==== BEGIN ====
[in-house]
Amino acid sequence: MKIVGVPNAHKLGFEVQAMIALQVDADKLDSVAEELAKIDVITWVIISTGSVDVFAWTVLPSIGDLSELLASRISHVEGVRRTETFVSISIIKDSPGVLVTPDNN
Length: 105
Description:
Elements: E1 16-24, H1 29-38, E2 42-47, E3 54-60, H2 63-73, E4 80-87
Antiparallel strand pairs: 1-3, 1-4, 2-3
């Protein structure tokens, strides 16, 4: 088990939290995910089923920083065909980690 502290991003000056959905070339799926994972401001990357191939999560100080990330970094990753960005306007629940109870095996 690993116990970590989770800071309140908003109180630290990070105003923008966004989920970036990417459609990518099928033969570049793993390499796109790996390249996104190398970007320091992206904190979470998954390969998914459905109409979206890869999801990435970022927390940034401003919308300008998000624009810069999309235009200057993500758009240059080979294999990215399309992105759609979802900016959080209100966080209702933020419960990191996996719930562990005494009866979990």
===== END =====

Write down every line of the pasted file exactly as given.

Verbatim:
[in-house]
Amino acid sequence: MKIVGVPNAHKLGFEVQAMIALQVDADKLDSVAEELAKIDVITWVIISTGSVDVFAWTVLPSIGDLSELLASRISHVEGVRRTETFVSISIIKDSPGVLVTPDNN
Length: 105
Description:
Elements: E1 16-24, H1 29-38, E2 42-47, E3 54-60, H2 63-73, E4 80-87
Antiparallel strand pairs: 1-3, 1-4, 2-3
């Protein structure tokens, strides 16, 4: 088990939290995910089923920083065909980690 502290991003000056959905070339799926994972401001990357191939999560100080990330970094990753960005306007629940109870095996 690993116990970590989770800071309140908003109180630290990070105003923008966004989920970036990417459609990518099928033969570049793993390499796109790996390249996104190398970007320091992206904190979470998954390969998914459905109409979206890869999801990435970022927390940034401003919308300008998000624009810069999309235009200057993500758009240059080979294999990215399309992105759609979802900016959080209100966080209702933020419960990191996996719930562990005494009866979990």